In the meantime, I got in contact with someone else who was going through the hiring process too, and I told her what I'd found out.

Before I got to email the school and tell them I was backing out though, the rep emailed me and said my contract changes were rejected and they were withdrawing my job offer. Strangely though, according to the other applicant, after they rejected me, they offered her a different contract that included some of the changes I asked for! She still didn't think she'd take the job though, because she'd already heard enough bad things about them.

Since then, I've also heard from yet another former teacher, who also gave the school a very negative assessment.

Thank you all, you may have saved me from a job in hell. I’m also lucky to have friends in Mongolia who also helped. Two of them offered to refer me to other schools, so I still might get over there somehow. In any case, I would warn applicants to beware of KUDS or the Russian Joint School.

Last edited by gerberbaby on Wed Sep 16, 2015 6:40 am; edited 1 time in total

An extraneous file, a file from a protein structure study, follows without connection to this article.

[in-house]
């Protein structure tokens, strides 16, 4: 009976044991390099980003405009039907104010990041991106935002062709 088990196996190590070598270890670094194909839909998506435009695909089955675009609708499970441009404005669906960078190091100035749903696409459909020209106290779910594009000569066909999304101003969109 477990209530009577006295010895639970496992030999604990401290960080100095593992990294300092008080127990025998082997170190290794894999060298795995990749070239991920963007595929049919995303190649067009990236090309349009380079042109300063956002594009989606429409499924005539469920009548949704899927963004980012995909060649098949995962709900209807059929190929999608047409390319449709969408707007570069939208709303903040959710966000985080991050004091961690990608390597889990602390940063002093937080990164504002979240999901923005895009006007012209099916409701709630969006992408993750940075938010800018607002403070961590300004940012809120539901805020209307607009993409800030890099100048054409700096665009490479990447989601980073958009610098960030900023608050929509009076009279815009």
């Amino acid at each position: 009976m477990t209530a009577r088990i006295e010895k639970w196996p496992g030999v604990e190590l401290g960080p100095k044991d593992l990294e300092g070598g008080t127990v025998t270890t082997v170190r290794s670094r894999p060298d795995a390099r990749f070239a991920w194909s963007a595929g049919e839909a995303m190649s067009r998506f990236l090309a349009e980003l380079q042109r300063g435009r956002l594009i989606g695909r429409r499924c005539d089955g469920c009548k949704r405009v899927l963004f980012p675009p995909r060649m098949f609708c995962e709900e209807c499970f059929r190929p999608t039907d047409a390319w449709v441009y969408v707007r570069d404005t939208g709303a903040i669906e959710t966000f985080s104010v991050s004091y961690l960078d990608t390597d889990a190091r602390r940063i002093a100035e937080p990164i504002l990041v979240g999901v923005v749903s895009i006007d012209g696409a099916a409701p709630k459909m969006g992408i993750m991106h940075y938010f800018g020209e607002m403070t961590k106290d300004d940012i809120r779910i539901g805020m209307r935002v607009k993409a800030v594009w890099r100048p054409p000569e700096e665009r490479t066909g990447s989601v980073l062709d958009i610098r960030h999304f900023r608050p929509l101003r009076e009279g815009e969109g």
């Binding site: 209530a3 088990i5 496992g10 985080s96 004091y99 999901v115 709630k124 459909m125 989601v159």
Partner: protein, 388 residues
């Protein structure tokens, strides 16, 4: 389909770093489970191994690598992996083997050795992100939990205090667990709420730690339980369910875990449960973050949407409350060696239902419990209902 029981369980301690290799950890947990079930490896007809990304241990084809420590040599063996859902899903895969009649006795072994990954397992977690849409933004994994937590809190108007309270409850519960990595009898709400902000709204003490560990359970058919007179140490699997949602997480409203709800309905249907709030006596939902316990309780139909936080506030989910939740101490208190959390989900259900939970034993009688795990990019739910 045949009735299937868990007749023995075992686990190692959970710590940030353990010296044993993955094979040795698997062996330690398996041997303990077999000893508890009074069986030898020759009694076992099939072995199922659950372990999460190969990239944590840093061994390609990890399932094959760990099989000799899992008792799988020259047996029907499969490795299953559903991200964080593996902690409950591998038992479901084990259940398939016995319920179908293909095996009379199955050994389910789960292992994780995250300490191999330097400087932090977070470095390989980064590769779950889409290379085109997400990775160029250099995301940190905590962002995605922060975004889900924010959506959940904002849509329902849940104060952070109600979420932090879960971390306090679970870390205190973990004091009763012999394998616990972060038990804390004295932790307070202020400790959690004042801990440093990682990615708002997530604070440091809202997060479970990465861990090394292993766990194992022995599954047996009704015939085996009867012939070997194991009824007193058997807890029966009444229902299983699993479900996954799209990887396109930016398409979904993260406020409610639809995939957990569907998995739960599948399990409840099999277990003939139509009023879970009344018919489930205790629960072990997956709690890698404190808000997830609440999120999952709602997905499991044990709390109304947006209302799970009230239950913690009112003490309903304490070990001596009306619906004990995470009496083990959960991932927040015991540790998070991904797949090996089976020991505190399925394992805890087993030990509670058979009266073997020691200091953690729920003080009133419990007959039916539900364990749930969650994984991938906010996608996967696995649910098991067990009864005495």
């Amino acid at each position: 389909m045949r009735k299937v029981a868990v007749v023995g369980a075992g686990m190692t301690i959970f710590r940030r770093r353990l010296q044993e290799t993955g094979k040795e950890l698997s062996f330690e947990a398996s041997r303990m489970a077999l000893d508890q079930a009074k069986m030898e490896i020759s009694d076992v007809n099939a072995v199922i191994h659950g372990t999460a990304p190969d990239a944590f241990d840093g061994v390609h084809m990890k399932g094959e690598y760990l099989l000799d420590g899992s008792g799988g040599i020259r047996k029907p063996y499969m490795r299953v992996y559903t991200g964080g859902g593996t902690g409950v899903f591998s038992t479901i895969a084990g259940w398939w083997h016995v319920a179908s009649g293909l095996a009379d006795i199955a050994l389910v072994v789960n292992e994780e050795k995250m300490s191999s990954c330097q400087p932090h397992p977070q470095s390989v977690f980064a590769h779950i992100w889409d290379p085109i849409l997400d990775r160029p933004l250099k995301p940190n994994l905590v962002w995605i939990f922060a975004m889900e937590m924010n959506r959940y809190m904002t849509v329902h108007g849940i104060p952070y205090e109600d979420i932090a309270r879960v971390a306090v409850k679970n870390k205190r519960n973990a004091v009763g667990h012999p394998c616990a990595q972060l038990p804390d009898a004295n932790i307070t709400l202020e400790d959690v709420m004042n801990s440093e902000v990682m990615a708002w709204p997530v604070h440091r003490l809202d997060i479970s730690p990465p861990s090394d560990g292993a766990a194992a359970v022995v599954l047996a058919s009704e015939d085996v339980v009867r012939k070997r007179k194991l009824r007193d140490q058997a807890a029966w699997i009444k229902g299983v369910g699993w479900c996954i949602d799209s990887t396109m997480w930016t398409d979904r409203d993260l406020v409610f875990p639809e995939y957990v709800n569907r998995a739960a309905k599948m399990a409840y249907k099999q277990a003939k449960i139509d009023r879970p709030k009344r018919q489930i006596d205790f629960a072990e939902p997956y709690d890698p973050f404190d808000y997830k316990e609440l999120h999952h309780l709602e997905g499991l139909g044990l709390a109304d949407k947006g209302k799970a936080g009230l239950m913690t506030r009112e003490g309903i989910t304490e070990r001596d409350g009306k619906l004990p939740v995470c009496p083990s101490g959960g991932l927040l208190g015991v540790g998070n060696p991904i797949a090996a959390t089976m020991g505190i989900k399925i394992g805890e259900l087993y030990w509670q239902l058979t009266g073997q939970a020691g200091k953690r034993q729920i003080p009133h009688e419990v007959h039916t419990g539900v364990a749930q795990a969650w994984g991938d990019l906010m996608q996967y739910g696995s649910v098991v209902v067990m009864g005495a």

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PostPosted: Sun Aug 30, 2015 3:42 am    Post subject: Reply with quote

Great post, thanks for the follow up! Love that Dave's ESL Cafe is full of these useful nuggets.

Judging from feedback of people who've actually worked there, the 3 main schools to avoid in Mongolia (if Mongolia had a blacklist) are: Santis, Raffles and KUDS/Russian Joint School.
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PostPosted: Mon Aug 31, 2015 7:17 pm    Post subject: Reply with quote

I'd love to see such a Mongolian blacklist. I was already aware of Santis's reputation (I have a Mongolian friend who works there), but the Film School / Russian School was a new discovery for me.
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PostPosted: Thu Mar 24, 2016 12:25 pm    Post subject: Reply with quote

I guess you dodged a bullet. I'm now hearing of someone who took that job at the Russian joint school in Sep 2015, and has not enjoyed his time there. More news when it comes (he can't spill the beans until the end of his contract later this year).
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PostPosted: Mon Sep 05, 2016 3:52 pm    Post subject: Reply with quote

Excellent blow by blow account gerberbaby and well done you for doing all your homework. I hope you got a decent job elsewhere. Your post is exactly what this forum is for! Kudos to you mate.